Martin Freeman in "The Hobbit: An Unexpected Journey". Photo courtesy of New Line.
More than a decade ago, before Peter Jackson unveiled his "The Lord of the Rings" trilogy, millions of diehard J.R.R. Tolkien fans waited with tempered anticipation, just waiting to pounce on Jackson for any mistreatment of their beloved text. Three films, seventeen Oscars, and over three billion dollars in box office receipts later, those same fans can hardly stand to wait another moment for the LOTR prequel, "The Hobbit: An Unexpected Journey". And starting today, they won't have to. We all know "The Hobbit" will be another great adventure, but here are Five Facts about the film you might not know.
1. Tolkien first imagined "The Hobbit, or There and Back Again" while telling bedtime stories to his kids. In fact, when the story was originally published in 1937, it was done so as a children's book. Obviously, some of the 100 million odd copies sold in over 50 languages around the world have been purchased and devoured by grownups (or at least by people who have successfully aged), but it wasn't actually written for them. The story takes place 60 years prior to the Rings trilogy, and revolves around a genial Hobbit, Bilbo (Martin Freeman), a mischievous wizard, Gandalf the Grey (Ian McKellen), and a rambunctious company of 13 Dwarves looking to reclaim their homeland from the dragon Smaug. Like the book, the tone of the film is noticeably lighter than that of "The Lord of the Rings," and the stakes are significantly lower. Of course, knowing what we know about the "one ring to rule them all," the darkness lingers. You can get a good feel for the tone in the trailer above.
Cate Blanchett in New Line Cinema's
Three Films from One Book
2. The first edition of "The Hobbit" covers the span of a singular 310 page book. Yet "The Hobbit: An Unexpected Journey" is but the first film of another trilogy, and a nearly three hour film at that. So how the heck did Jackson develop the story enough to fill up such a plethora of screen time? By relying heavily on the 125 pages of appendices Tolkien developed over the years that greatly expand and complicate the world of Middle Earth, which he included at the end of "The Return of the King." The screenwriting team also brought back some popular characters from LOTR who don't actually show up in the text of "The Hobbit" -- including Galadriel (Cate Blanchet), and in the next film, the sure-shot Elvin archer Legolas (Orlando Bloom) -- while creating entirely new characters at the same time, like Tauriel, a female elf played by Evangeline Lilly.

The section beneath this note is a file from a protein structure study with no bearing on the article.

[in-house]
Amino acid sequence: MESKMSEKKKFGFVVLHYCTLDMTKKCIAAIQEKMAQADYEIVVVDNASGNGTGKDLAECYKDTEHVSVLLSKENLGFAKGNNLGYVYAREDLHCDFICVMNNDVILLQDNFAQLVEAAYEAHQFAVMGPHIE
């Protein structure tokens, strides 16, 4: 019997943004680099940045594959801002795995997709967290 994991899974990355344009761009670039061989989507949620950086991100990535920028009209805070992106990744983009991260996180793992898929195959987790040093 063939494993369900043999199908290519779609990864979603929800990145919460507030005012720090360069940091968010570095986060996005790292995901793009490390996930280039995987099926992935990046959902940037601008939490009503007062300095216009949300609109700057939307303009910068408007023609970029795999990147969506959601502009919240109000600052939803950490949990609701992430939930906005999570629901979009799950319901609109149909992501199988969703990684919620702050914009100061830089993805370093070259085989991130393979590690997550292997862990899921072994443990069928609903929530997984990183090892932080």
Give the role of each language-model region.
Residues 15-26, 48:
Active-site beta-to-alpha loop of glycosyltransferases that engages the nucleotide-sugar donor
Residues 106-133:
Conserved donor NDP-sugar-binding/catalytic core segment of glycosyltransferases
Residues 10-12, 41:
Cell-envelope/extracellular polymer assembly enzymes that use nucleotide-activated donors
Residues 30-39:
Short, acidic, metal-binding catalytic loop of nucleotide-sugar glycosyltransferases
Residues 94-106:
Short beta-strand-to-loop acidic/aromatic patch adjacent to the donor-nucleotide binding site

Spock Sings Bilbo's Praises
3. As far as mass appeal, Tolkien's books didn't really take off until the late 60's, when the often-tripping counterculture embraced them with fantastical zeal. Such popularity multiplied exponentially by the inclusion of Tolkien-inspired lyrics by many of the top rockers of the day, including Led Zeppelin, Pink Floyd, and Black Sabbath. Amazingly enough, even Mr. Spock, aka Leonard Nimoy, felt the need to sing about the happenings in Middle Earth, as he does above in "The Ballad of Bilbo Baggins" from his 1968 LP Two Sides of Leonard Nimoy. (Thank you, oh great and powerful Internet, for providing us this miraculous gem!)
[Related: 'The Hobbit' sets December box office record]
Peter Jackson and Ian McKellan on the set of
4. Per usual, Jackson breaks new technological ground with this film. "The Hobbit" is the very first feature ever to be shot in High Frame Resolution (HFR) 48 Frames Per Second (FPS). For the last 80 plus years, films have been shot and shown in 24 FPS, so now Jackson is basically filling the frame with twice as many images. Confused? Let's go straight to the source for clarification: "Your brain reads the details as being sharper because you're not seeing that very subtle smudging between the frames. It looks like you're looking through a window into a real world rather than through the glass of an artificial world." Jackson told Entertainment Weekly. Though there are a number of screening options available, Jackson intended the film to be viewed in HFR 3D. Though the effect may be a bit jarring initially, who are we to argue with Jackson about how best to watch his film?
Benedict Cumberbatch & Martin Freeman in BBC's
5. Two of the biggest roles in the new trilogy -- the titular Bilbo Baggins and the dragon Smaug -- were handed out to two actors who have great familiarity with one another: Martin Freeman and Benedict Cumberbatch. On the hit BBC television show "Sherlock," Cumberbatch plays an updated version of Sir Arthur Conan Doyle's brilliant detective Sherlock Holmes; Freeman plays his sidekick Dr. John Watson. In "The Hobbit," Cumberbatch also plays the role of the mysterious Necromancer, while serving double duty as the performance capture actor helping to bring Smaug to terrifying life.
For a more in-depth look at "The Hobbit: An Unexpected Journey," check out our Insider Access video below where, among other highlights, Jackson, McKellen, Freeman and Andy Serkis (as Gollum!) tell me the differences between orcs, goblins, and trolls. Oh my!
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